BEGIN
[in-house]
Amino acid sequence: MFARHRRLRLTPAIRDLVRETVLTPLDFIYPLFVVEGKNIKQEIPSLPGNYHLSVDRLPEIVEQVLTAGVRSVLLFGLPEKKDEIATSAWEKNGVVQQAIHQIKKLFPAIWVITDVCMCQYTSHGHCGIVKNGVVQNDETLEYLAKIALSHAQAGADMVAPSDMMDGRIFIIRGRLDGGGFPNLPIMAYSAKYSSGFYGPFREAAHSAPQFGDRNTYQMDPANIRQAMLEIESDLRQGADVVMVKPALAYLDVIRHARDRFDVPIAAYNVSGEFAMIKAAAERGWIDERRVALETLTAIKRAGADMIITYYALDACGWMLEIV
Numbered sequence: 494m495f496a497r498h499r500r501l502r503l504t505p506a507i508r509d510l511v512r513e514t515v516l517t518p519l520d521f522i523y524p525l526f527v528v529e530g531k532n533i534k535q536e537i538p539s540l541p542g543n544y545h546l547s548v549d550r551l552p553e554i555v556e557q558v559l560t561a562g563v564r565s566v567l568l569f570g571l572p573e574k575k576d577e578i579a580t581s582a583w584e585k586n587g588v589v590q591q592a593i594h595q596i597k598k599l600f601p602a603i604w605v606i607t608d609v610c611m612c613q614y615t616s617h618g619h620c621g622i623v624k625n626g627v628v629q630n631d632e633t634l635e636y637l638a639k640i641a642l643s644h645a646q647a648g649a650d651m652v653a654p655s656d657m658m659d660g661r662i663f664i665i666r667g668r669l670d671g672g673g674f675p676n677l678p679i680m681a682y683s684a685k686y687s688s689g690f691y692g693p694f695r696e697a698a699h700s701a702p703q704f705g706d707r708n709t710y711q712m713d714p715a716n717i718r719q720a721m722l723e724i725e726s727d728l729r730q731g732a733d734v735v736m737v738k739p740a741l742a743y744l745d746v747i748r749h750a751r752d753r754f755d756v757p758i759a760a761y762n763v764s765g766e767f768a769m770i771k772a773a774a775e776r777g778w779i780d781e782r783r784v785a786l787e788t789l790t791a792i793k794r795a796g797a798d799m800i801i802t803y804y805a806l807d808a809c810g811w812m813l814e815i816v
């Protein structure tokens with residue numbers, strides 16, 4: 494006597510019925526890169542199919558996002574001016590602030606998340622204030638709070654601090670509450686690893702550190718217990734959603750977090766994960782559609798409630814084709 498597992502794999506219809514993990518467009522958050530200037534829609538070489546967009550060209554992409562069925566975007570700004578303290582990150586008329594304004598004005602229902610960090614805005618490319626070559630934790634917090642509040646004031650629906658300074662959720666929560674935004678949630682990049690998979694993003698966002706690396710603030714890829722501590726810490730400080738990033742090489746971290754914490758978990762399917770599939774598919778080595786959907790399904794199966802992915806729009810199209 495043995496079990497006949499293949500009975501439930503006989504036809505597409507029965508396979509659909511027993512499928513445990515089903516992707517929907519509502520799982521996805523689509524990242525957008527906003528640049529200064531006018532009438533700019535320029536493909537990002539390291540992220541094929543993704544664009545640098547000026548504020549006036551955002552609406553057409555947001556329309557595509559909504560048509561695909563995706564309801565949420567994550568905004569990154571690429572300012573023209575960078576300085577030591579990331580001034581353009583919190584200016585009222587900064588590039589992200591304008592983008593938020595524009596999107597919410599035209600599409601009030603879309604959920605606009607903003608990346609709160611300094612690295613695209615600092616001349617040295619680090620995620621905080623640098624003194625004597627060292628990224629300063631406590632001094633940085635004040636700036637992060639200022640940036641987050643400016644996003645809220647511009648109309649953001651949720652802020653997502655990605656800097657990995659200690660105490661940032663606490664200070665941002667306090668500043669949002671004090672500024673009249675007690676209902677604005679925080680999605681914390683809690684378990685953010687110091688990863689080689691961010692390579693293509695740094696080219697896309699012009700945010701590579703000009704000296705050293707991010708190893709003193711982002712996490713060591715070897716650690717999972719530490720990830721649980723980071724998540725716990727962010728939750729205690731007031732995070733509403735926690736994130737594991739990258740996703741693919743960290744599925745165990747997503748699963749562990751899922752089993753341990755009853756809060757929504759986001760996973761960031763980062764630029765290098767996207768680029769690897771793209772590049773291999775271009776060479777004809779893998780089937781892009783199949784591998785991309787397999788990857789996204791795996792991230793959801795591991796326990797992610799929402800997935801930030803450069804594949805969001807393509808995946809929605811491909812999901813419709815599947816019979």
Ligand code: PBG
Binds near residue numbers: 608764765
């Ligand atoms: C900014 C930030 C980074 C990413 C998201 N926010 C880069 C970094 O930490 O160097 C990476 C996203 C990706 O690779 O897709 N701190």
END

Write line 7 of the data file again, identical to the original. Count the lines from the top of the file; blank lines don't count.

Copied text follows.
């Ligand atoms: C900014 C930030 C980074 C990413 C998201 N926010 C880069 C970094 O930490 O160097 C990476 C996203 C990706 O690779 O897709 N701190």